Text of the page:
The Internal Revenue Service (IRS) taxes virtually all sources of income. Chapter 26 of U.S. Code Section 61 defines gross taxable income as "all income from whatever source derived," and that covers a whole lot of ground. The Code cites several sources of income as examples, but Supplemental Security Income (SSI) doesn't appear anywhere on the list—that means SSI is not taxable.
Some confusion arises, however, because the Social Security Administration—not the IRS—does require income reporting for purposes of qualifying for SSI. Here's how income affects SSI.
SSI Is Needs-Based
SSI is a needs-based program. It benefits the disabled, blind individuals, and those over age 65 who meet financial limits. It's intended to pay for an individual’s most basic needs—shelter and food.
Supplemental Security Income recipients are usually automatically eligible for other government benefits, such as additional food assistance, but some states impose additional financial tests to confirm eligibility.
Individuals must live in the U.S. or the Northern Mariana Islands to qualify for SSI, and they can't leave the country for 30 or more consecutive days in any given year. Residents of public institutions—including inmates in prison—usually can't receive SSI, though there are some exceptions for situations including temporary homeless shelters and educational institutions.
Adults who are disabled must be unable to perform any "substantial gainful activity," and their disability must have lasted or is expected to last for at least 12 months.
Social Security Retirement Benefits vs. SSI
Supplemental Security Income benefits are considered to be assistance, and that means they aren't taxable. Like welfare benefits, they don't have to be reported on a tax return. However, the IRS differentiates between Social Security retirement benefits and SSI payments—SSI payments are not taxable, but benefits may be. Retirement benefits are sometimes completely non-taxable, but it depends on a retiree’s other sources of income.
Unlike Social Security, which you pay into over the course of your working years, SSI isn't funded by taxes contributed by you. Rather, it's funded by the federal government’s tax revenues.
The distinction can be confusing because it’s possible for someone over age 65 to collect both SSI and Social Security retirement benefits. The Social Security Administration oversees both programs, and beneficiaries use the same application for both payments.
Taxation of Social Security Retirement Benefits
Retirement benefits aren't taxed unless and until the cumulative total of all the recipient's income—including (but not limited to) Social Security retirement benefits, earnings from continued employment, and unearned income from investments—hits $25,000 for the year for single taxpayers or $32,000 for those who are married and filing jointly.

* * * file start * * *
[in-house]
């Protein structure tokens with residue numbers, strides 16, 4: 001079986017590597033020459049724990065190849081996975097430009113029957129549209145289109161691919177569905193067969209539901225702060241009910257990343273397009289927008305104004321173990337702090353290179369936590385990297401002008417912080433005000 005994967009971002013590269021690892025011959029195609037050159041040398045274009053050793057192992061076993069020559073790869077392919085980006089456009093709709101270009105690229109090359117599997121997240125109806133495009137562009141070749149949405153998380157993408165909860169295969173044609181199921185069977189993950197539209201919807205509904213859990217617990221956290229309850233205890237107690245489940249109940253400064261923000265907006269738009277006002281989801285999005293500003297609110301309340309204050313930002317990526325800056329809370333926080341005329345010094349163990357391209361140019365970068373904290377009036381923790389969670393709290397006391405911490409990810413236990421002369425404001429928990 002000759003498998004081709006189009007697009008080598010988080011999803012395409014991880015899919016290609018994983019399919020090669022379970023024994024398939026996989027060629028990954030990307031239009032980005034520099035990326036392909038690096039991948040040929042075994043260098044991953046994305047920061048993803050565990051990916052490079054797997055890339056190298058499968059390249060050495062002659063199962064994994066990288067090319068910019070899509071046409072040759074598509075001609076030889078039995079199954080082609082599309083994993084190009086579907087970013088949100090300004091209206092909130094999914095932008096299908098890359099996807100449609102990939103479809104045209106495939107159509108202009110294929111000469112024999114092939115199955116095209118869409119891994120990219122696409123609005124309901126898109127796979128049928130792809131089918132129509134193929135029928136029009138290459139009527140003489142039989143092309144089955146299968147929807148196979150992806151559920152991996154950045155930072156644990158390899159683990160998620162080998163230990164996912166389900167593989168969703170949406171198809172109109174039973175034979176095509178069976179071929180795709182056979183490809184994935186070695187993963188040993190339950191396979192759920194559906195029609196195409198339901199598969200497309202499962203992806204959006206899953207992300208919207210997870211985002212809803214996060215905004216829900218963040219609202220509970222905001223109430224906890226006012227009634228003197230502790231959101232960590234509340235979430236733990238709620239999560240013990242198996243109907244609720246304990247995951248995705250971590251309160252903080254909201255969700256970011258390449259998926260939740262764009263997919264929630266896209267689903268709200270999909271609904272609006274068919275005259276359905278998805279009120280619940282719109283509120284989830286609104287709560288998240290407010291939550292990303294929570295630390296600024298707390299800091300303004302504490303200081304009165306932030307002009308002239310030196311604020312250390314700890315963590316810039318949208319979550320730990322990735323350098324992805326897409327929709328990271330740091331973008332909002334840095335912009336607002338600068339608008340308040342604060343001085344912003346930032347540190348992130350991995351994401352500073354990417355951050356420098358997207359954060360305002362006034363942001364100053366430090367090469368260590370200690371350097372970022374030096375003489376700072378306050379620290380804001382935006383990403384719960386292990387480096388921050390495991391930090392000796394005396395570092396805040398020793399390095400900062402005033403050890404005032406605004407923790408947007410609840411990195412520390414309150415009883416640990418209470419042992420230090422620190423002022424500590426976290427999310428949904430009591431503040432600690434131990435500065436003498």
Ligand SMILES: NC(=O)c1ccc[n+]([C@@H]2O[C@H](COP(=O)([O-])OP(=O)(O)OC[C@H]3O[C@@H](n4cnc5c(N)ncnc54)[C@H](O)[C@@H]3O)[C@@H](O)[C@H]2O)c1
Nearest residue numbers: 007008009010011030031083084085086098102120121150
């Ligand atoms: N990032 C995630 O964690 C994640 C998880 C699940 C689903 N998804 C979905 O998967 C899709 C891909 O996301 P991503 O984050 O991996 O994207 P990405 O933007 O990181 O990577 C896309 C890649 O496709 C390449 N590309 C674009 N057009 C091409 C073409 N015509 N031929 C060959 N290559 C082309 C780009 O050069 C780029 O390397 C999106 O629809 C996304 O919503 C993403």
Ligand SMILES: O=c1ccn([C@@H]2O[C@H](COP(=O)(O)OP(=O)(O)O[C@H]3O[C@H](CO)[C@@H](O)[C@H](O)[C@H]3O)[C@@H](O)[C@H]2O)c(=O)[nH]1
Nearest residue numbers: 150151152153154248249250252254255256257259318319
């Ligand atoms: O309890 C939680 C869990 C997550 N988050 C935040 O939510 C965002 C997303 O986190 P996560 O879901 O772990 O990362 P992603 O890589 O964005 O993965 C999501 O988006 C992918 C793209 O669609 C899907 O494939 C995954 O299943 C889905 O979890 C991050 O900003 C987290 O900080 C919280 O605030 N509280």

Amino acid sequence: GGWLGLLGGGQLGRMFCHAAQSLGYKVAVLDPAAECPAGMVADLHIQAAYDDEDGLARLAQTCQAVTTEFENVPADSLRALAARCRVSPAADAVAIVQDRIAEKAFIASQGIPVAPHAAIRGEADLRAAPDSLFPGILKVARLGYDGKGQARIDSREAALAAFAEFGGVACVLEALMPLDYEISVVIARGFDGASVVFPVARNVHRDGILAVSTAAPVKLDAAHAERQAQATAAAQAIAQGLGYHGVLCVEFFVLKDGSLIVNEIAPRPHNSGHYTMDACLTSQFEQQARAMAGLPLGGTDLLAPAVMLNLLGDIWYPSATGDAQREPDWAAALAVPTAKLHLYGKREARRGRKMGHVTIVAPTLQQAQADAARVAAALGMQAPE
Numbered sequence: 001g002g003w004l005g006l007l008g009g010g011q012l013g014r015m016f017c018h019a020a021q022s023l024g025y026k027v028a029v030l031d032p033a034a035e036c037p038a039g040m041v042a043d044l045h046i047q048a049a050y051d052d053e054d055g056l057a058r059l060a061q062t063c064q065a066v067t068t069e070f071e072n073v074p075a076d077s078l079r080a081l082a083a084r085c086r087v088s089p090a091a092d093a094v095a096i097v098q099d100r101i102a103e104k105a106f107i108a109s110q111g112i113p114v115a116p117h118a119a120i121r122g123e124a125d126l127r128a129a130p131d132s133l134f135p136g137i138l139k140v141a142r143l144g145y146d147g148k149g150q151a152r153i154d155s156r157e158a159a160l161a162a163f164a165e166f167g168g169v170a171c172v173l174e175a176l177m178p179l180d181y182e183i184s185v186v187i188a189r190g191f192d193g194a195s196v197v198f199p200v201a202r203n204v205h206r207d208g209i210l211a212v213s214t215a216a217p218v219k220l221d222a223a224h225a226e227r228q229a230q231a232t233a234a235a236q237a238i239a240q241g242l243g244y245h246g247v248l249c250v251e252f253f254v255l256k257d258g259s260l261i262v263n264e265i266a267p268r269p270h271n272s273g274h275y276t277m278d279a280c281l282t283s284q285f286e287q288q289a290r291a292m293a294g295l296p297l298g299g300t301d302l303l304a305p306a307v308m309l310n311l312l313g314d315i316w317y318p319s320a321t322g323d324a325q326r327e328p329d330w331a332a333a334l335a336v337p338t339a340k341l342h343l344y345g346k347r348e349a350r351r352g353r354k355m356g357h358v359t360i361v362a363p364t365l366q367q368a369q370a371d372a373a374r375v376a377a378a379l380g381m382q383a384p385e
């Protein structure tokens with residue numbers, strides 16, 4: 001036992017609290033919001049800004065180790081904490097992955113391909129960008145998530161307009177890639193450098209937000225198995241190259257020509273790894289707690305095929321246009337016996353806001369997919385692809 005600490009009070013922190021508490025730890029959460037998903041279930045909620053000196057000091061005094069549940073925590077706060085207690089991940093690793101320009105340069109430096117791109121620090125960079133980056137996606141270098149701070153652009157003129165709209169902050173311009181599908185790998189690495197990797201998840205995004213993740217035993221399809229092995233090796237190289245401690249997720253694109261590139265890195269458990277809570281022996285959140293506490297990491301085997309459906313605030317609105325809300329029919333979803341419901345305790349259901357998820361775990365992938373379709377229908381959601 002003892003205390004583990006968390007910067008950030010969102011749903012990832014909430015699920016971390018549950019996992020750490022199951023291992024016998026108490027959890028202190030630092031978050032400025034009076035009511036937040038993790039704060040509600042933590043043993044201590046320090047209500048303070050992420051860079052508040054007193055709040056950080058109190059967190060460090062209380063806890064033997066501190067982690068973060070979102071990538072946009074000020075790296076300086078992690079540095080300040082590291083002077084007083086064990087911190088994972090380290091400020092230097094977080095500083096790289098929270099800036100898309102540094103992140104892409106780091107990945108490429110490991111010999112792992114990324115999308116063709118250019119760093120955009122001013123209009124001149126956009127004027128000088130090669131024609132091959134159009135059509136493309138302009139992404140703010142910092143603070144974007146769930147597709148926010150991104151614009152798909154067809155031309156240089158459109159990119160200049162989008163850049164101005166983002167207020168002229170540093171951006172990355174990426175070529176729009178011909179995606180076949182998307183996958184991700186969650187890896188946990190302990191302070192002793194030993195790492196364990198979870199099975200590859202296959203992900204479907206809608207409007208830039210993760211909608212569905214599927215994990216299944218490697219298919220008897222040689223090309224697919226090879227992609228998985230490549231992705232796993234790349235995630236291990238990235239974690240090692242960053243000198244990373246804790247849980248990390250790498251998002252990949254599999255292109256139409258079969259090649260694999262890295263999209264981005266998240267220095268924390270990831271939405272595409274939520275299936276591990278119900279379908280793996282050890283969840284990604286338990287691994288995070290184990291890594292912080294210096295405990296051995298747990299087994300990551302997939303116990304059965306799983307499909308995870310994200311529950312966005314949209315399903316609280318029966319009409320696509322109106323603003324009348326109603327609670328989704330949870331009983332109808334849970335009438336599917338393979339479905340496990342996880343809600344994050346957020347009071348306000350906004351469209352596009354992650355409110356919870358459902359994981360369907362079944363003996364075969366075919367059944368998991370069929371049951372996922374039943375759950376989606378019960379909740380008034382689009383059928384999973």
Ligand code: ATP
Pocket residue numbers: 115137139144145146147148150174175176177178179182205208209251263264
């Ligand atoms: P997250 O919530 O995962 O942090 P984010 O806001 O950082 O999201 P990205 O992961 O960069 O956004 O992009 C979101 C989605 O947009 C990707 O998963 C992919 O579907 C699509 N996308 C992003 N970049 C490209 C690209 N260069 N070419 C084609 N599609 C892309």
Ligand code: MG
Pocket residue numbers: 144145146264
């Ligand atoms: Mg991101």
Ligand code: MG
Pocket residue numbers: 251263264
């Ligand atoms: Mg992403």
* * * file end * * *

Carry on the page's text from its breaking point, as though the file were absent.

If you receive both SSI and retirement benefits, then it's unlikely that you would owe taxes on those benefits. That's because SSI is needs-based, so a taxpayer receiving SSI probably doesn't have other sources of income that would push their Social Security benefits into the taxable range. It may be best to check with a tax professional if you receive SSI and have income from other sources.
Reporting Income to the SSA
Although SSI benefits aren't taxable, you must nonetheless report all sources of your income to the Social Security Administration (SSA) if you're collecting SSI. But you do not have to report SSI income to the IRS. The distinction isn't so much whether benefits are reportable, but to whom they're reportable and why.
You must report all sources of income to the SSA because your need for financial support might be partially—if not entirely—erased if you come upon another source of income. This extra income could mean that you would no longer be eligible for SSI.
State and federal laws change frequently, and the information in this article may not reflect your own state’s laws or the most recent changes to the law. For current tax or legal advice, please consult with an accountant or an attorney.
Understandably, the SSA wants to know about this turn of events. Likewise, if you should become employed so you're earning (even if it's just a little income), this would most likely reduce your benefits. However, it may not completely eliminate your benefits.
According to the SSA, reportable income includes all money that comes into your household, including money that you or your spouse receives. The money doesn’t have to be earned from a job. If you win a little money from a scratch-off ticket or receive a cash gift from a family member, you must report these things to the SSA.
There are a few sources of income that the SSA does exclude from counting against you for qualifying purposes, such as rent subsidies.